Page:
Parotid sebaceous lymphadenoma associated with Sjogren’s syndrome: Review of pathologic and radiologic characteristics and clinical presentation
How to cite this article: Janus JR, Mzaik O, Bhatt AA. Parotid sebaceous lymphadenoma associated with Sjogren’s syndrome: Review of pathologic and radiologic characteristics and clinical presentation. J Clin Imaging Sci 2022;12:14.
Salivary lymphadenoma is an extremely rare neoplasm that is usually seen in the older patient population, arising sporadically on one side and almost exclusive to the parotid gland. Imaging and pathology findings can mimic both benign and malignant tumors, and therefore, this lesion may be misdiagnosed if not on the differential diagnosis. This article reviews the clinical presentation, as well as the pathology and imaging findings of salivary lymphadenoma in the setting of Sjogren’s syndrome.
A 66-year-old female with a past medical history of Sjogren’s syndrome presented with bilateral facial swelling for 18 months. She denied facial numbness or pain. Physical exam demonstrated bilateral nodular parotid swelling and a dominant lesion at the angle of the right mandible. Laboratory tests showed elevated antinuclear antibodies ANA >12.0 U (normal <1.0), SS-A/RO Ab IgG >2.8 U (normal <1.0), and Rheumatoid factor (RF) 43 IU/mL (normal <15 IU/mL), compatible with history of Sjogren’s syndrome.
Imaging evaluation was performed with computed tomography (CT) of the neck with intravenous contrast, which demonstrated bilaterally enlarged, heterogeneous parotid glands with multiple scattered calcifications and small cysts [Figure 1]. The tail of the right parotid gland had a dominant well-defined, peripherally enhancing lesion with internal septations separating areas of low attenuation [Figure 2].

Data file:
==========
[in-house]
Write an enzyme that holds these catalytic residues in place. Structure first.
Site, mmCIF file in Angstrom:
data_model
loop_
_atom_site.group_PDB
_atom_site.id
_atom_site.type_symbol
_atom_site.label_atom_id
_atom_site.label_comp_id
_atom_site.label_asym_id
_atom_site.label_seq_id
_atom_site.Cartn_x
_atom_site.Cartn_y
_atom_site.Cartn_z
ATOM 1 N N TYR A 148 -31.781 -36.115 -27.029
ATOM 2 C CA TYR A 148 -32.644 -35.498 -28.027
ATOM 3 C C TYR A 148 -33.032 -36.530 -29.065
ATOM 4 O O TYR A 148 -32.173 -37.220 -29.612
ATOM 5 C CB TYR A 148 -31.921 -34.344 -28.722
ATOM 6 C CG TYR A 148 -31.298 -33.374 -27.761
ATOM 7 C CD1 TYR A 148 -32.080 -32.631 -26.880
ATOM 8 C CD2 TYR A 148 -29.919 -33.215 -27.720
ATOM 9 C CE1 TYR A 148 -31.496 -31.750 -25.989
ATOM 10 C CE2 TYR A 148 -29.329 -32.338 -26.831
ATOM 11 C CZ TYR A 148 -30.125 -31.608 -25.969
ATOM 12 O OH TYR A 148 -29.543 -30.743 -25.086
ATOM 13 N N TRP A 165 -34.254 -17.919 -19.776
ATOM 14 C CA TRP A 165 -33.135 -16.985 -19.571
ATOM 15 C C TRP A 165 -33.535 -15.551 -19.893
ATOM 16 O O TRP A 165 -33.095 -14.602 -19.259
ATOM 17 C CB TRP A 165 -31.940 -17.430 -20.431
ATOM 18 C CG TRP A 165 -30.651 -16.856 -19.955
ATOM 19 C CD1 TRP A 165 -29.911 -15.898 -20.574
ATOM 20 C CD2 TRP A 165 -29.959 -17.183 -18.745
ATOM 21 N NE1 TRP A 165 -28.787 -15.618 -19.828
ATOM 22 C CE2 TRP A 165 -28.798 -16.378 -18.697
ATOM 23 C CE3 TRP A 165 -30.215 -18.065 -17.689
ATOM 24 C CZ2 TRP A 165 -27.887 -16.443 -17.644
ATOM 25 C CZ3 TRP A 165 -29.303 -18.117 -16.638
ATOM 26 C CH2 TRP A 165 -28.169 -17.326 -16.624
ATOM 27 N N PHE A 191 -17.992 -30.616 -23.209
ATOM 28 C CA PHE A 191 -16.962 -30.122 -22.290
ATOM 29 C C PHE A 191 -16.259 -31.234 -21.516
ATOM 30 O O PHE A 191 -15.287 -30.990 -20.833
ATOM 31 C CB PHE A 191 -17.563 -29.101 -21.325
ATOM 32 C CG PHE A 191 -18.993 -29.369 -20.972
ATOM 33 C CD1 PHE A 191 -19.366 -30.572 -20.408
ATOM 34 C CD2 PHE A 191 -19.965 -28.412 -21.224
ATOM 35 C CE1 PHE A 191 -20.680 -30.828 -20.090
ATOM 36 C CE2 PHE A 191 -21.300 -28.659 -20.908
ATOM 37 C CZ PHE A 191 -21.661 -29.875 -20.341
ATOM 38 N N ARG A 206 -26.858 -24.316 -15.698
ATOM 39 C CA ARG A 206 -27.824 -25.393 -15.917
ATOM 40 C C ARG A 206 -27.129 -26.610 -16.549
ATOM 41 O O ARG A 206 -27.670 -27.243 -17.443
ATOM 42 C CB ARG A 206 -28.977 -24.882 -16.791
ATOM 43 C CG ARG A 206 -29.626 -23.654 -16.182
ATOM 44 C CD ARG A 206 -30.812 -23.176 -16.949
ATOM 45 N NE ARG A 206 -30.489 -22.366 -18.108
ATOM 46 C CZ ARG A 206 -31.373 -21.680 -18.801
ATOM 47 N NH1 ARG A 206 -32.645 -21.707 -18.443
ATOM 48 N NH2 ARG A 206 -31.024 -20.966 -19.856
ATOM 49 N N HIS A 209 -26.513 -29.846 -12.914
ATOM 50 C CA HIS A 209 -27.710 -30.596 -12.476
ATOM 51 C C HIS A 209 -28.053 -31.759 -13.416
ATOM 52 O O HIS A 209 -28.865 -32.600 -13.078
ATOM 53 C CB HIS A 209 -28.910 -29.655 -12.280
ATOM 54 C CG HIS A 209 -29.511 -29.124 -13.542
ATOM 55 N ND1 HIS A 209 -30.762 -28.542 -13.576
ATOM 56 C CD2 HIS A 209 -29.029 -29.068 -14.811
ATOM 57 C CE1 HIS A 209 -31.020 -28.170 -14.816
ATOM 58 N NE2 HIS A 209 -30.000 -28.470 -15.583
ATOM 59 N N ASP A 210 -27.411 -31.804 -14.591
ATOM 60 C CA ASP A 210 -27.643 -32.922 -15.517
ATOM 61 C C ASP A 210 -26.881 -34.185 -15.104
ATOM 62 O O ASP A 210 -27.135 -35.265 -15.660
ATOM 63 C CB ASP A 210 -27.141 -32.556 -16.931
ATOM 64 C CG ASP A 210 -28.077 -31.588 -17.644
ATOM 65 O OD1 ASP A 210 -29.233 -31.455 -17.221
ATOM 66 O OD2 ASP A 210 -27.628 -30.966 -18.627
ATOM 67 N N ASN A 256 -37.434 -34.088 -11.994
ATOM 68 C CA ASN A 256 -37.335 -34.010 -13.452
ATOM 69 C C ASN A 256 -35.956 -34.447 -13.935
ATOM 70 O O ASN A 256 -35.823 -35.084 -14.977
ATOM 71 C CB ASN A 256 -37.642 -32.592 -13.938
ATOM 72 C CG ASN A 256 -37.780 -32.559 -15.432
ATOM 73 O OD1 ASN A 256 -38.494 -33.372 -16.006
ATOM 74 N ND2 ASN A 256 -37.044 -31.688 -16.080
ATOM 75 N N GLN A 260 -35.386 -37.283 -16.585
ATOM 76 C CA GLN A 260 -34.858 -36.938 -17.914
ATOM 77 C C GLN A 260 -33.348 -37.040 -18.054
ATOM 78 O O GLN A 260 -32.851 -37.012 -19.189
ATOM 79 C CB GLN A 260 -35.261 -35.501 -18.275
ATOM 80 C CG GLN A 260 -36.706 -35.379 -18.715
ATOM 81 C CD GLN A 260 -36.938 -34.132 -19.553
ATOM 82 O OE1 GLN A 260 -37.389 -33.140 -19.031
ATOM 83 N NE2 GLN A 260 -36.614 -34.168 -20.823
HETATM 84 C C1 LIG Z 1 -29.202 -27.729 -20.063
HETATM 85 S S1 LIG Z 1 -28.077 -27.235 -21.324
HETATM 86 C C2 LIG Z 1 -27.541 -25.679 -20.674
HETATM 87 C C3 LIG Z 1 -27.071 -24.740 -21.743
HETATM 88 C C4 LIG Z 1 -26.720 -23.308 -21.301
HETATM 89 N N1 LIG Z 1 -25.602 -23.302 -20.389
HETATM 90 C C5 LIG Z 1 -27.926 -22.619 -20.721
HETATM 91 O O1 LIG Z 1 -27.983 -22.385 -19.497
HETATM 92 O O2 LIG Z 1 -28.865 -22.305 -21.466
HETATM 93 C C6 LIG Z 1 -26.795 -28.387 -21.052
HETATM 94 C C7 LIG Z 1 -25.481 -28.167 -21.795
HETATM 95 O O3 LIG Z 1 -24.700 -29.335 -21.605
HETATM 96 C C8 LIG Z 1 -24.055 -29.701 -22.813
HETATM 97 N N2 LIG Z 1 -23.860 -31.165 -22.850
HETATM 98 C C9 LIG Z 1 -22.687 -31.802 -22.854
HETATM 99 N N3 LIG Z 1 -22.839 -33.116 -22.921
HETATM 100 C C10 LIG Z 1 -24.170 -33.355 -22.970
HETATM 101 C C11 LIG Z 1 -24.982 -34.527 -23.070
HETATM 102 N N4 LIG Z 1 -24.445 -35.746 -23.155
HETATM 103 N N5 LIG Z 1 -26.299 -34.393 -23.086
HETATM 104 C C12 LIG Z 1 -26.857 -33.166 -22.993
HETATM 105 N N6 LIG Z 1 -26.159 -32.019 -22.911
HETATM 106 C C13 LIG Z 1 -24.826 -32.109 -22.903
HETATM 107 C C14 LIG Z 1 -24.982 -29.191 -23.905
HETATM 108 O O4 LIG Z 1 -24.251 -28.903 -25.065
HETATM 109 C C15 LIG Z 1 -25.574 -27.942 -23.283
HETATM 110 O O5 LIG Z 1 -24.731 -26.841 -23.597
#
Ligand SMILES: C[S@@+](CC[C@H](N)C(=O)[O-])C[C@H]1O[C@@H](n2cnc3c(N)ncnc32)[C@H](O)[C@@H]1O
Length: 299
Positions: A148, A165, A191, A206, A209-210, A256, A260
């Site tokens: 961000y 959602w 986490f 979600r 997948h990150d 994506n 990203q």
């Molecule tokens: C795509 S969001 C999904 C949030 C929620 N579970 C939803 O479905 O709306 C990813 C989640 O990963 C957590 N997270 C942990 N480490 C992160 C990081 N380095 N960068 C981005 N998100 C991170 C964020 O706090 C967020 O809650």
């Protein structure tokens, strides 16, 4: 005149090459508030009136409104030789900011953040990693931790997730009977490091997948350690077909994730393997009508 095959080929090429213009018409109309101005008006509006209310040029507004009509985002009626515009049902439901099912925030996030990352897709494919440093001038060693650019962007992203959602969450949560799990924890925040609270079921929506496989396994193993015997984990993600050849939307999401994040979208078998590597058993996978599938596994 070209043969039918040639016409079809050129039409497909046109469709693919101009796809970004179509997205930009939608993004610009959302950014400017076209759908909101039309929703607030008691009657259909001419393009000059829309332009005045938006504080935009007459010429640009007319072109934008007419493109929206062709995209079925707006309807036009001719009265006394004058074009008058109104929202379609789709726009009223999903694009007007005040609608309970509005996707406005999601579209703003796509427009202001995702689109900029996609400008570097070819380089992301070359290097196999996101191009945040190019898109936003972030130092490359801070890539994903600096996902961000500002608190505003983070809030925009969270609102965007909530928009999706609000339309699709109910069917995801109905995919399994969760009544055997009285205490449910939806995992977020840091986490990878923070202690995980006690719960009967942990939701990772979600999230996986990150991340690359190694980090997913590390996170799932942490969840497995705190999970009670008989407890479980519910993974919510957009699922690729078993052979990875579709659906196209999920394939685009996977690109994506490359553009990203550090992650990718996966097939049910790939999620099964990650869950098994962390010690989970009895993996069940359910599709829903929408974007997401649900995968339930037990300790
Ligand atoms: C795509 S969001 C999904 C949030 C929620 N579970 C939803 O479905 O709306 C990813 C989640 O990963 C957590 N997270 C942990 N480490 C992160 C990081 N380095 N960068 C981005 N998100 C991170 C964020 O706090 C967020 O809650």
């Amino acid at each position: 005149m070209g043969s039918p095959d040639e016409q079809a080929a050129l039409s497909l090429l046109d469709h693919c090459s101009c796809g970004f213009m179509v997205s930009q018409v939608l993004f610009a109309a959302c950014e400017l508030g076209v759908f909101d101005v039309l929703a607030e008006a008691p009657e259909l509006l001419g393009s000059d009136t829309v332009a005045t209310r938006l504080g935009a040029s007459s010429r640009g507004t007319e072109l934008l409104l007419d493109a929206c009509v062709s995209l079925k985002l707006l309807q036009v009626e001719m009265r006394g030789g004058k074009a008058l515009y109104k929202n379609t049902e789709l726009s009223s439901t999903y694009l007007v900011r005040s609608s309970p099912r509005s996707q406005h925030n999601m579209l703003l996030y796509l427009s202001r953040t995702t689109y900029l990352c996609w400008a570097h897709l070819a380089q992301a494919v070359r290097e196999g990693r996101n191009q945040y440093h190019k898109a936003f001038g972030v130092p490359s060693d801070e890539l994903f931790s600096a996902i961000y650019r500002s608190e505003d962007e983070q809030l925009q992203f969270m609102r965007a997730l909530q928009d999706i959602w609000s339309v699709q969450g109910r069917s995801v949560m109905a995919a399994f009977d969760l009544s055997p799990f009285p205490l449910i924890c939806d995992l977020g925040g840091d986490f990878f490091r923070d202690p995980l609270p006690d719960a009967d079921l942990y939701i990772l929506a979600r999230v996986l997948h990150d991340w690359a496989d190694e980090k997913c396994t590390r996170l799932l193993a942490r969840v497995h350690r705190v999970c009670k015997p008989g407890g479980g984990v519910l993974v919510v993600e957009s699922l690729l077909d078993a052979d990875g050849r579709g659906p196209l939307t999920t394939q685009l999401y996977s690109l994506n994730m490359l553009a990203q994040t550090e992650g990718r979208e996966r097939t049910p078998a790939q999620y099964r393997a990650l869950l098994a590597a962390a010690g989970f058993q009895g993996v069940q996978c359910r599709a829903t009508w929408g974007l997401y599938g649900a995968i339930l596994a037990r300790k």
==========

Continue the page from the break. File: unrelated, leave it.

The patient underwent right superficial parotidectomy, pathology revealed a multiloculated intact cyst within the resected tissue measuring 5.5 × 3.0 × 1.5 cm, which was filled with brownish fluid. Pathology was consistent with a cystic sebaceous lymphadenoma. To achieve volumetric symmetry, a left superficial parotidectomy was also performed 6 weeks later. Both the right and left excised parotid gland tissue showed sialolithiasis with calcification and multifocal ductal dilation with cyst formation, as well as acute on chronic sialadenitis; findings concordant with the patient’s history of Sjogren’s syndrome. The patient did well after surgery.
Salivary lymphadenoma is a rare tumor that is predominantly seen in adults over the age of 50 and has also been reported as early as 11 years of age with no clear sex predilection. The parotid gland is the most common location; however, it has also been reported in locations of the minor salivary glands, such as the buccal mucosa. An altered immune system is believed to be a predisposing factor and is suspected to be the reason for occurrence in our patients. These tumors typically present as a unilateral, painless facial swelling.[1,2] Tumors are treated by parotidectomy, local excision, or enucleation. Recurrence is rare.